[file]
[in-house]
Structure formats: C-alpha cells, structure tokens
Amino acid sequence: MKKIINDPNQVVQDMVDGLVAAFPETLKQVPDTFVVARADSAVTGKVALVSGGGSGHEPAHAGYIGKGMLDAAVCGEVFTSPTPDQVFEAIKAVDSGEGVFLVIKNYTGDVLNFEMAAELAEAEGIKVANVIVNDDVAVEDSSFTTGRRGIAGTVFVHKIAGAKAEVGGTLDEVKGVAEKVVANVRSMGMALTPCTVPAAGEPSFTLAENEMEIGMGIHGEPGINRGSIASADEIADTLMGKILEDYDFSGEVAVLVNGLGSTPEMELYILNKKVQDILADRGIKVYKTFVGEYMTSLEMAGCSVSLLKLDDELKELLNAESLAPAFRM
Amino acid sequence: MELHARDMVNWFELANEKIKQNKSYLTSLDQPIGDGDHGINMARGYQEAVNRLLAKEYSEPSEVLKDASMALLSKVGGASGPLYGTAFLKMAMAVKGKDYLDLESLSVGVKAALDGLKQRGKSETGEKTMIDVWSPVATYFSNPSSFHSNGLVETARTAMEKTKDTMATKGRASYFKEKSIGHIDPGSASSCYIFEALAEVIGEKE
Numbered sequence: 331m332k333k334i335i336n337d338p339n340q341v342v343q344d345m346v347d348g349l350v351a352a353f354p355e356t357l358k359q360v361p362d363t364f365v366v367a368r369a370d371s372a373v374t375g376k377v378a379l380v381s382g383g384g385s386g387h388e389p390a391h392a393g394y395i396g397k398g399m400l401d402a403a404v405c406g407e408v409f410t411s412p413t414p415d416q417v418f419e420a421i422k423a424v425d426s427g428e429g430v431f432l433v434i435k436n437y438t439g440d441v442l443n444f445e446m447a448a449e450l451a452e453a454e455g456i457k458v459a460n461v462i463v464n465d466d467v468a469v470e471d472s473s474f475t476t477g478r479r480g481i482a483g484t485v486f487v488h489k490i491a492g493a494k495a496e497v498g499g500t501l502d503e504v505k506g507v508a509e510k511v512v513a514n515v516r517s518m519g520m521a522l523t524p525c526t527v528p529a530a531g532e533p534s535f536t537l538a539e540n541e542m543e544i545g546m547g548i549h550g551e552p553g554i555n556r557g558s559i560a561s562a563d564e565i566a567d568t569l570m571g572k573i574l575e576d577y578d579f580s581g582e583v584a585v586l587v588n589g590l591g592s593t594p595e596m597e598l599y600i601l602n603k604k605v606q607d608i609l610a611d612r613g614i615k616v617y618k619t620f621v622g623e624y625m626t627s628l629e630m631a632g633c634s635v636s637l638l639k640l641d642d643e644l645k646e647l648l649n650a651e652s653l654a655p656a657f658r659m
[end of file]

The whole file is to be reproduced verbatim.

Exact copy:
[in-house]
Structure formats: C-alpha cells, structure tokens
Amino acid sequence: MKKIINDPNQVVQDMVDGLVAAFPETLKQVPDTFVVARADSAVTGKVALVSGGGSGHEPAHAGYIGKGMLDAAVCGEVFTSPTPDQVFEAIKAVDSGEGVFLVIKNYTGDVLNFEMAAELAEAEGIKVANVIVNDDVAVEDSSFTTGRRGIAGTVFVHKIAGAKAEVGGTLDEVKGVAEKVVANVRSMGMALTPCTVPAAGEPSFTLAENEMEIGMGIHGEPGINRGSIASADEIADTLMGKILEDYDFSGEVAVLVNGLGSTPEMELYILNKKVQDILADRGIKVYKTFVGEYMTSLEMAGCSVSLLKLDDELKELLNAESLAPAFRM
Amino acid sequence: MELHARDMVNWFELANEKIKQNKSYLTSLDQPIGDGDHGINMARGYQEAVNRLLAKEYSEPSEVLKDASMALLSKVGGASGPLYGTAFLKMAMAVKGKDYLDLESLSVGVKAALDGLKQRGKSETGEKTMIDVWSPVATYFSNPSSFHSNGLVETARTAMEKTKDTMATKGRASYFKEKSIGHIDPGSASSCYIFEALAEVIGEKE
Numbered sequence: 331m332k333k334i335i336n337d338p339n340q341v342v343q344d345m346v347d348g349l350v351a352a353f354p355e356t357l358k359q360v361p362d363t364f365v366v367a368r369a370d371s372a373v374t375g376k377v378a379l380v381s382g383g384g385s386g387h388e389p390a391h392a393g394y395i396g397k398g399m400l401d402a403a404v405c406g407e408v409f410t411s412p413t414p415d416q417v418f419e420a421i422k423a424v425d426s427g428e429g430v431f432l433v434i435k436n437y438t439g440d441v442l443n444f445e446m447a448a449e450l451a452e453a454e455g456i457k458v459a460n461v462i463v464n465d466d467v468a469v470e471d472s473s474f475t476t477g478r479r480g481i482a483g484t485v486f487v488h489k490i491a492g493a494k495a496e497v498g499g500t501l502d503e504v505k506g507v508a509e510k511v512v513a514n515v516r517s518m519g520m521a522l523t524p525c526t527v528p529a530a531g532e533p534s535f536t537l538a539e540n541e542m543e544i545g546m547g548i549h550g551e552p553g554i555n556r557g558s559i560a561s562a563d564e565i566a567d568t569l570m571g572k573i574l575e576d577y578d579f580s581g582e583v584a585v586l587v588n589g590l591g592s593t594p595e596m597e598l599y600i601l602n603k604k605v606q607d608i609l610a611d612r613g614i615k616v617y618k619t620f621v622g623e624y625m626t627s628l629e630m631a632g633c634s635v636s637l638l639k640l641d642d643e644l645k646e647l648l649n650a651e652s653l654a655p656a657f658r659m